McClard's family questions justice

Tuesday, January 8, 2008

Jonathan McClard's parents, still stunned by their son's apparent suicide in prison, are looking back, questioning the justice system. And looking ahead in hopes of changing it.

The family still hadn't gotten over the fact their then-16-year-old Jonathan McClard received the maximum sentence of 30 years for shooting another teen at a car wash in Jackson when they received a telephone call from prison officials Friday that Jonathan McClard was found dead in his cell.

The prosecutor calls McClard's shooting of Jeremy Voshage one of the most "cold-blooded" crimes in the city's history, which is why he was tried as an adult and punished so severely. But McClard's parents were worried about their son entering prison with other adults. Apparently, their fears were justified. McClard was found dead days before he was to enter the Southeast Correctional Center in Charleston, Mo. Though the investigation remains open, Jim Coplin, St. Francois County coroner, said McClard died from asphyxiation. Apparently, McClard used bed sheets fashioned as a rope to kill himself.

Jonathan McClard's family worried that his age would make him a target, said Tracy McClard, Jonathan's mother. In an interview with the Southeast Missourian a week before his death, McClard expressed concern about going to the Charleston prison, which he called "about the worst there is."

McClard, who turned 17 Jan. 1, was scheduled to arrive in Charleston on Monday morning, according to Brian Hauswirth, spokesman for the Department of Corrections. He was waiting at a transport facility in Bonne Terre before he could be moved.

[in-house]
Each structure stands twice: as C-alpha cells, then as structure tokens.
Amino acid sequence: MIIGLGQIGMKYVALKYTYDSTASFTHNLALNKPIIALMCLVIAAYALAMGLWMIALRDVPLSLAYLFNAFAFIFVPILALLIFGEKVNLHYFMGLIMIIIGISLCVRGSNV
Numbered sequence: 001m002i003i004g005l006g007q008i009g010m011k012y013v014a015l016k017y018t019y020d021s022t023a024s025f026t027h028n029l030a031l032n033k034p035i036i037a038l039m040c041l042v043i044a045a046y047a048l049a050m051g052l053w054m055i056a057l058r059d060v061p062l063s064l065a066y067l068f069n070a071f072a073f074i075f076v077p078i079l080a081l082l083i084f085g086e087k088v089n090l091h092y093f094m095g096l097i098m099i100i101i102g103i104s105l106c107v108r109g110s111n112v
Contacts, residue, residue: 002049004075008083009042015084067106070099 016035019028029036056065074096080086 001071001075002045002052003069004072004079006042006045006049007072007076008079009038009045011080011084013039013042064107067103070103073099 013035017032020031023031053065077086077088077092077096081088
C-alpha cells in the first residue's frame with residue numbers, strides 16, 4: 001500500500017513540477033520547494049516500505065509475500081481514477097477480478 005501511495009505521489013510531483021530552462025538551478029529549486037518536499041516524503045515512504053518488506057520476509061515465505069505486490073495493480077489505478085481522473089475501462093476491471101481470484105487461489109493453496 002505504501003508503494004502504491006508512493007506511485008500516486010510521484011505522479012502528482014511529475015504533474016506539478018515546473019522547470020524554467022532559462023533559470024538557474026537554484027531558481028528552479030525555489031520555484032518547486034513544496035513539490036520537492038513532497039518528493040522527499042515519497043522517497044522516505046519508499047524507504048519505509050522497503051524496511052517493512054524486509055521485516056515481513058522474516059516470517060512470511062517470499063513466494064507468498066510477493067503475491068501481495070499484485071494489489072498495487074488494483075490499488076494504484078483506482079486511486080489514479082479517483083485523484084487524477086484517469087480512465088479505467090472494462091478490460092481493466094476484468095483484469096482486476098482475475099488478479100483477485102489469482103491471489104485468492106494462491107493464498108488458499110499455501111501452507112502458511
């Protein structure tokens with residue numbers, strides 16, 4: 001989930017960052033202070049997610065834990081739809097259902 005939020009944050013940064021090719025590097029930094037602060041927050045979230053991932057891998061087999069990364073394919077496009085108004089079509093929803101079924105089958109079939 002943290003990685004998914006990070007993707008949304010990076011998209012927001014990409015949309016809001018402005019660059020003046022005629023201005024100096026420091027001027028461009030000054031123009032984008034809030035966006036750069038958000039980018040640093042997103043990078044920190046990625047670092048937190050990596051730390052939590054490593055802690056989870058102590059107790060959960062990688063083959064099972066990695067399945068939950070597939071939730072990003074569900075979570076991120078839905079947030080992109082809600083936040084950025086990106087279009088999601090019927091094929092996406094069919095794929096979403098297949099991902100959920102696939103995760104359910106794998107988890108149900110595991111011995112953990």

Though the autopsy was handled by the St. Louis County coroner's office, Coplin responded to the scene at Eastern Reception Diagnostic and Correctional Center because Bonne Terre is in St. Francois County.

Corrections officers would likely have made the rounds and checked on McClard around 3:15 p.m. Friday, and McClard's body was discovered around 35 minutes later, Coplin said.

In November, McClard received a 30-year sentence for first-degree assault from Circuit Judge David Dolan for shooting another teenager three times on July 10 at a Jackson car wash.

McClard pleaded guilty after he was certified as an adult.

The shooting, which left Jeremy Voshage, 17, seriously injured and forced to undergo physical therapy indefinitely, was one of the most premeditated, cold-blooded shootings in the history of the city, said Cape Girardeau Prosecuting Attorney Morley Swingle.

In a letter to the Southeast Missourian, Carol McClard, Jonathan's grandmother, said that though she knew her grandson had strayed badly from his faith, he was a "wonderful boy, and not a man, as had been alleged."

Because McClard was only 16 when the shooting occurred, a fraction of an inch and less than a year of age separated him from facing the death penalty, Swingle said.

Swingle said McClard not only lured his victim to the car wash with the intention of shooting him, but tortured him, paralyzing him with the first shot and then chambering two more rounds into the .22-caliber rifle, firing them into his victim as he lay helpless on the ground.

"Jonathan McClard made his decision, and then he committed a second horrible crime, the murdering of himself," Swingle said.

Tracy McClard said her son should not have been certified as an adult. Jonathan McClard said he shot Voshage over a dispute over a girl.

Tracy McClard said she and her husband are looking into trying to persuade lawmakers to make laws preventing anyone younger than 21 from serving time in an adult prison.